The Unbearable Inevitability of Talking Nonsense when you Don’t Know Shit about the Mobile Market
Via John Gruber I stumbled on The Unbearable Inevitability of Being Android, 1995. The article ignores key facts of the mobile market because they don’t fit the point the author wants to make.
People have the right to participate in re-enactments of historical platform wars, but they should not confuse them with reality.
The argument goes roughly as follows:
- Google makes money by selling eyeballs. It needs scale. Android was created to give Google scale on mobile. This much is actually true.
- Flash back to 1995. Microsoft was huge and scary back then, and it wasn’t very innovative. It also expanded into all directions. This much is actually true.
- Google is also expanding into all directions while simultaneously being not very innovative.
Naughty Google! Trying stuff to see if it works is Evil! And you’re not even allowed to be innovative! You’re almost like ... drumroll ... Microsoft!
[Audience is duly aghast]
- Google wants to dominate smartphones with Android, just as Microsoft wanted to dominate desktop with Windows. This is probably true, but it won’t work. I expect five mobile platforms with each between 15 and 30% of the market. Android will be one of the larger, but that’s about the limit of its scale.
- Google will force its partners to refrain from innovating because it holds the whip hand with Android. (This is the argument that doesn’t make sense, and the article falls apart without it.)
- So Google will become all scary and stuff and true believers have no way to run but Apple, just as it was back in 1995.
- AMEN, brother! Tell it as it is! Good vs. Evil, Light vs. Dark, Apple vs.
They key argument that Google’s position now is similar to Microsoft’s in 1995 and that it will force its partners to do unspeakable evil, is complete nonsense.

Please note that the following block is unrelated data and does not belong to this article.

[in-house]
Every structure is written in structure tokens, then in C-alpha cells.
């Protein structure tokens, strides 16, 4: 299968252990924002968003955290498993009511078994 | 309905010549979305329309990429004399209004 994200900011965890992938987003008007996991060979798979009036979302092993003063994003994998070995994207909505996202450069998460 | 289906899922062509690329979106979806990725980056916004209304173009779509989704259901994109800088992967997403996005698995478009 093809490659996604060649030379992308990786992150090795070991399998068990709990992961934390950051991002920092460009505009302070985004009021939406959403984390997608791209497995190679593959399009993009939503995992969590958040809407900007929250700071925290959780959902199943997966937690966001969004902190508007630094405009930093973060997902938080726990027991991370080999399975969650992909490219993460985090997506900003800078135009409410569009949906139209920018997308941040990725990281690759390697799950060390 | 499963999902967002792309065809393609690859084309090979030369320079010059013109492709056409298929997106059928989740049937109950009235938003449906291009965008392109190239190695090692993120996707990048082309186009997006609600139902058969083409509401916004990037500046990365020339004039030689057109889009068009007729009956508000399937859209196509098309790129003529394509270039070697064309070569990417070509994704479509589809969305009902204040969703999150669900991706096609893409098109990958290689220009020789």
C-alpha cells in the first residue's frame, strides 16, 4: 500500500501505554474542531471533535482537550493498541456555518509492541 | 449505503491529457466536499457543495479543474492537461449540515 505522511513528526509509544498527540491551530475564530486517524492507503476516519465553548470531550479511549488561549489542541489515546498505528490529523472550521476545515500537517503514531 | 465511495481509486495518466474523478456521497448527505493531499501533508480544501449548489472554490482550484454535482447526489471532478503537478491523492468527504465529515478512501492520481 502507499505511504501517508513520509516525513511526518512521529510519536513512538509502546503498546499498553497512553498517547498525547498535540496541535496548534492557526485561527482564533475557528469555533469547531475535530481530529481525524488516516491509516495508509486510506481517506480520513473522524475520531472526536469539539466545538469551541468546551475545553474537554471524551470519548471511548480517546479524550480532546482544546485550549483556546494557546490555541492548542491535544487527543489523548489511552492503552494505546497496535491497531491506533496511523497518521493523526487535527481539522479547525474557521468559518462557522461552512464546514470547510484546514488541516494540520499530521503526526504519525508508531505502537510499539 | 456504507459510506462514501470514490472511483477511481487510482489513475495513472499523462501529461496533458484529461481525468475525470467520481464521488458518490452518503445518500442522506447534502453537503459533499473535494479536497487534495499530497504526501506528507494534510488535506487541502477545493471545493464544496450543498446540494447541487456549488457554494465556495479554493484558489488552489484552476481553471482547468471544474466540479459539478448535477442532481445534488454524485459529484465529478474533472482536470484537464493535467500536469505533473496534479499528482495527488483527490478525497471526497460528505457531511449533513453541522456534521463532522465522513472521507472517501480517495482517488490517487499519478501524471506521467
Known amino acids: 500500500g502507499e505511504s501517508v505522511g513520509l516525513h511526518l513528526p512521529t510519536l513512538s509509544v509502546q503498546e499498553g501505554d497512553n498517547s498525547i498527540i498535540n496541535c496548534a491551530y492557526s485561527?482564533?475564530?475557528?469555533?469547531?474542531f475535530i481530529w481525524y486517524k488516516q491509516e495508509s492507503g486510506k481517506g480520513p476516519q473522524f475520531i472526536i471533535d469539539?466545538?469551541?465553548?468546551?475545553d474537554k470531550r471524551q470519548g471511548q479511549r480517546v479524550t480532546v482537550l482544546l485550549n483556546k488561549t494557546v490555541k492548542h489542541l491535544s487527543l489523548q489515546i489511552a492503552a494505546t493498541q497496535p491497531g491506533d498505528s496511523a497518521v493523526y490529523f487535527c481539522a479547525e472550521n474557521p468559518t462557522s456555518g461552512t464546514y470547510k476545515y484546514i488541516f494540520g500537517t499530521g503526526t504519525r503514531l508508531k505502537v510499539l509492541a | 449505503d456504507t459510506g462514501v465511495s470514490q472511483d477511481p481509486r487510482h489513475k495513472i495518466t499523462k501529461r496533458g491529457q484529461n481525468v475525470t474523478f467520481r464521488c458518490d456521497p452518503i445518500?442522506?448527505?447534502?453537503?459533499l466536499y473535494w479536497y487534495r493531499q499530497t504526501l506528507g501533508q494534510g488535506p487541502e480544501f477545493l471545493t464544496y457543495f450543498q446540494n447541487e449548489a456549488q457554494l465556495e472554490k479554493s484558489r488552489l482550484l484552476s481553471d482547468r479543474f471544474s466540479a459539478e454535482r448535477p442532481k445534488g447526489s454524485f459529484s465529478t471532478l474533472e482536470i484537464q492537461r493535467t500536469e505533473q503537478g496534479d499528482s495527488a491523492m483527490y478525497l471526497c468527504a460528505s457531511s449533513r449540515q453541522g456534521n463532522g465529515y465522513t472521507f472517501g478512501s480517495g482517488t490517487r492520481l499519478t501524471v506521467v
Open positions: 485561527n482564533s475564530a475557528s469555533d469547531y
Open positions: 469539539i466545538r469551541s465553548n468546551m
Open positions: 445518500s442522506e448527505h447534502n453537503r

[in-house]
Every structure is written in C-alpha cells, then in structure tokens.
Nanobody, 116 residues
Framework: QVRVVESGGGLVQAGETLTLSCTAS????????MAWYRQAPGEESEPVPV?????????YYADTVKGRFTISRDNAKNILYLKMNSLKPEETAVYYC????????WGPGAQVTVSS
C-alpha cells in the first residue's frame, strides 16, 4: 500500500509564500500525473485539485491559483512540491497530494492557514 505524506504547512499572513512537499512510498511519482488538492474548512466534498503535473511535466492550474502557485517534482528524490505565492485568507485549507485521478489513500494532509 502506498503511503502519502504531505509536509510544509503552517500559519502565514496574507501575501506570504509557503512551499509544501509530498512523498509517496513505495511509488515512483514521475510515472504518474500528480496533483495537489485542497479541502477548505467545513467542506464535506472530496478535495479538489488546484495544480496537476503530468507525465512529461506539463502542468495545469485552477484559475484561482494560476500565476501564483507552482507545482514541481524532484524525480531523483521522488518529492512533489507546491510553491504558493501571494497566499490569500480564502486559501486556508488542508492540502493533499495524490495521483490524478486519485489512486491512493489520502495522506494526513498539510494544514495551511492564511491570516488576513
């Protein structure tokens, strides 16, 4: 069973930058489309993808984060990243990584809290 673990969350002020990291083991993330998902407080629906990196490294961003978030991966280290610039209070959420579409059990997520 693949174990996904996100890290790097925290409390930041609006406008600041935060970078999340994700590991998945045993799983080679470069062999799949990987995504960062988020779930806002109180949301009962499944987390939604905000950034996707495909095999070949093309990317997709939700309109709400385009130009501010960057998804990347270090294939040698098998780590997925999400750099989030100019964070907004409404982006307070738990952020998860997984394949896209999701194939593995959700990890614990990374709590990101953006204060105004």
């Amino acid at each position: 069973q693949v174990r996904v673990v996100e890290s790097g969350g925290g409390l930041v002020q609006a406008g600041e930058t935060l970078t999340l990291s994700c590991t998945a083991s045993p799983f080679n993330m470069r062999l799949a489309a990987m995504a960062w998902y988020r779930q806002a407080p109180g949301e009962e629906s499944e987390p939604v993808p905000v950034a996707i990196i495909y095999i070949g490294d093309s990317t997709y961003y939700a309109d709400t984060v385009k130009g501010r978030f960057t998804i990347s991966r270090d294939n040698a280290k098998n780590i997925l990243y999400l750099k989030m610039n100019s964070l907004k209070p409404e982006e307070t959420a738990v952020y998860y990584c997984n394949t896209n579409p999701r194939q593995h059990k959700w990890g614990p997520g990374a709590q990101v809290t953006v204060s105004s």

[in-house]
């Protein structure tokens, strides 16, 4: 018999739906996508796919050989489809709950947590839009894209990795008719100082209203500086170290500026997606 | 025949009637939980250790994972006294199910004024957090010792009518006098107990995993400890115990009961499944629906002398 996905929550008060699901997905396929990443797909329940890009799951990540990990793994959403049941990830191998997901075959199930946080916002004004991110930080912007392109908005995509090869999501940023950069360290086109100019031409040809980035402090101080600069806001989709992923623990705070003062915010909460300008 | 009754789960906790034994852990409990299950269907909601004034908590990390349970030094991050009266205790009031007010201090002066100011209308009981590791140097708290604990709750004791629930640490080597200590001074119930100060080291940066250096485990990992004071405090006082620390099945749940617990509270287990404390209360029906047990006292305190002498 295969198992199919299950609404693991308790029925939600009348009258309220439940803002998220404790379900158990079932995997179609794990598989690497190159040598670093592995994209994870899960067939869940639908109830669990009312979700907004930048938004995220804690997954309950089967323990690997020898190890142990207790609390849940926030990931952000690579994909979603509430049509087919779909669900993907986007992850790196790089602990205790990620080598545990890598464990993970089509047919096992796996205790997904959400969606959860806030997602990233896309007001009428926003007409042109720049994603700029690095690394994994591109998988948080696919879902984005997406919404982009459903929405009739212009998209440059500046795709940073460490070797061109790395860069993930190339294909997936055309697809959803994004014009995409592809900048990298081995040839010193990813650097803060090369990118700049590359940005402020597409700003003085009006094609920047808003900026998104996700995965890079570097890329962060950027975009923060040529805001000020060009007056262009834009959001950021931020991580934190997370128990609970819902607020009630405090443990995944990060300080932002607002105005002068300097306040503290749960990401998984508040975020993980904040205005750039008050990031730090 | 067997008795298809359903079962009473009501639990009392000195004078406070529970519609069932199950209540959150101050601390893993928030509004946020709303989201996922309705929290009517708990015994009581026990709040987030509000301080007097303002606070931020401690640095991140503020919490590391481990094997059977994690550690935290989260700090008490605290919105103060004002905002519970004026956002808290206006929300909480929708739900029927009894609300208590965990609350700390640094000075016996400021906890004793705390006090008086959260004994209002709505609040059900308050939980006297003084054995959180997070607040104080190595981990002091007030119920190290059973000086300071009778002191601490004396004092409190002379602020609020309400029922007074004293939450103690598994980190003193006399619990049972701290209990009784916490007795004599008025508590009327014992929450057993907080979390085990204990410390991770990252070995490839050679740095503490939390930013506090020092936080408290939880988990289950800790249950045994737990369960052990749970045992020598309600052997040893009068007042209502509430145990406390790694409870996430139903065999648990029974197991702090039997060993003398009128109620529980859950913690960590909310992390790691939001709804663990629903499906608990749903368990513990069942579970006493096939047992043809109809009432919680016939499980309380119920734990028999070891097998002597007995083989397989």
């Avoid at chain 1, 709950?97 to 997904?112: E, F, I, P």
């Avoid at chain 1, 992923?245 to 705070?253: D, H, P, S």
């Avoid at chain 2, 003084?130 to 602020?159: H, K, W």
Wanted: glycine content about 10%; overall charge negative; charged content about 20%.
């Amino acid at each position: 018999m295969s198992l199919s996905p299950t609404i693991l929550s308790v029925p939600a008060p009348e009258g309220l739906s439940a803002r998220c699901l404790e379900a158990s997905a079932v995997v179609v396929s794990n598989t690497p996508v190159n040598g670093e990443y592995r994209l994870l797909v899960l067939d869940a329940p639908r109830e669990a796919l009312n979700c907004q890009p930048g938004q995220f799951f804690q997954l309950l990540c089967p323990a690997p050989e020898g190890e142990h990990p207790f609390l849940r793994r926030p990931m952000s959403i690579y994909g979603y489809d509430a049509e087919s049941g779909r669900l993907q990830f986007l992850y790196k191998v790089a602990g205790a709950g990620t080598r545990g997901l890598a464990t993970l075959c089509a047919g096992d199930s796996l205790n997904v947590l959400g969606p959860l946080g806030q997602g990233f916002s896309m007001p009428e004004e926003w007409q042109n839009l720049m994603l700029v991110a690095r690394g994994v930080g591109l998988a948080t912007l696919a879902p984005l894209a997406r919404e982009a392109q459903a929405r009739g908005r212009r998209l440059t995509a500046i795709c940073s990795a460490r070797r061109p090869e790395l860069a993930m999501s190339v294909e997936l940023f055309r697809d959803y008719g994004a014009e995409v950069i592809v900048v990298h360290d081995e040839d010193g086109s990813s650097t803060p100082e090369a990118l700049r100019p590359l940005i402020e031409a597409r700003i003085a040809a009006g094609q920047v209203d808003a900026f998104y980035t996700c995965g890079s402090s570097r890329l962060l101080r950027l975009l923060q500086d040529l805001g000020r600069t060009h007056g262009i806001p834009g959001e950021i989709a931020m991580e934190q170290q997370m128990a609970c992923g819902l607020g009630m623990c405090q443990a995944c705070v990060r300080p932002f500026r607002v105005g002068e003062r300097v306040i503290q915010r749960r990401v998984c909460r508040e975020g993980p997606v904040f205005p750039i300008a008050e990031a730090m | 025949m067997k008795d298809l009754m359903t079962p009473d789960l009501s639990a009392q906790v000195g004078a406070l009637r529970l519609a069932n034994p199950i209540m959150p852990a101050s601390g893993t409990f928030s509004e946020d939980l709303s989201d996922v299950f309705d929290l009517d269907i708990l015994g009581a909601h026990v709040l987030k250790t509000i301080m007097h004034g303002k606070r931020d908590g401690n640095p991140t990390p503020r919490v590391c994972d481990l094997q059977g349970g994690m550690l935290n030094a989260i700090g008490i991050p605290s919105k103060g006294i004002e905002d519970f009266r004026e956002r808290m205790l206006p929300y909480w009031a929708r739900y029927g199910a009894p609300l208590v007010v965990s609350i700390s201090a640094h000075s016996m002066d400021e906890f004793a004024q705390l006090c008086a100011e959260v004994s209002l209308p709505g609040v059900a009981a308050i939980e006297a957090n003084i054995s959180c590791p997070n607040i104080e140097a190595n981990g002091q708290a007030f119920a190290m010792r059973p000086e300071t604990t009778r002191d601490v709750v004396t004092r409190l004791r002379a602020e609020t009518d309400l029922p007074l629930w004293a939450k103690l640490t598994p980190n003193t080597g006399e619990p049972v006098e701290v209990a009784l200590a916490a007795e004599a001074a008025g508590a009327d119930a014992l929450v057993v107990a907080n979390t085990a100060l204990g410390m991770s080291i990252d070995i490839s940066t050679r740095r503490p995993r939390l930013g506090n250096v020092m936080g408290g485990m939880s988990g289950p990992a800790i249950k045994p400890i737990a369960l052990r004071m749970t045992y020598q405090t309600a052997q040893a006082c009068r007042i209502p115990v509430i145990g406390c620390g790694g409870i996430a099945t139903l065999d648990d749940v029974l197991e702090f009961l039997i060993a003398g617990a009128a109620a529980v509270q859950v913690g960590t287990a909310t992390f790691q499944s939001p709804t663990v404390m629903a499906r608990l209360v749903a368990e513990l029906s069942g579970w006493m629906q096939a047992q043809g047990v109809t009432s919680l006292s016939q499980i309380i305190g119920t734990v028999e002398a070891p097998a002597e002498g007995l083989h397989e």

Selling an OS
Back in the day, if you were a hardware vendor, what was your alternative to Windows? Well, Mac, of course, but Apple wasn’t sharing. Linux wasn’t there yet. So Windows it must be. Effective monopoly.
What a contrast with Android. Let’s take a look at the three largest Android device makers:
- Samsung is making a killing with its Android line, but it also quietly pushes its own bada platform. Thus, if Samsung feels Google becomes too overbearing it can always threaten to kill Android and continue with bada. Actually time is on Samsung’s side here: the longer it can use Android without fear of an Evil Google, the longer it has to perfect bada.
- HTC is pushing Android strongly, but it’s also into Windows Phone. Just to be on the safe side; it wouldn’t do to be dependent on one OS vendor, would it?
On the other hand, Microsoft wants influence, too, so HTC must play the two US giants against each other without the benefit of having its own OS.
- Motorola, finally, doesn’t appear to have another smartphone OS up its sleeve, so it could be vulnerable to Google. But Motorola has become a second-tier vendor and its fate doesn’t matter one whit in the larger scheme of things.
Dangers abound for these sacrificial sheep if we are to believe our latest prophet and his writing on the wall (in impeccable Apple fonts):
Having secured a very fat market dominance, Microsoft displayed an embarrassing level of paternal indifference and inability to innovate.
[...] At the end of its inevitability run, most of the Microsoft “partners” were left holding the bag...of stalled innovation, disappearing margins and market irrelevance.
Picture those evil, fat Googlers patronising the shit out of everybody and handing them bags full of stalled innovation.
Now the real question is, would, say, Samsung allow this to happen? It wouldn’t. In fact, it’s preparing for exactly this eventuality.
If this were to become reality Samsung would simply pull the plug on Android and switch to bada. And what then happens to Android’s market share? Consumers buy a Samsung, not a Google. Bye bye, eyeballs.
The mobile market will not be dominated by any one single player. Google does not hold the same position as Microsoft once did. Device vendors have options nowadays, unlike the device vendors of old.
And that’s pretty much that. By overlooking this single fact the article melts down into a not particularly clever, fact-free anti-Google rant.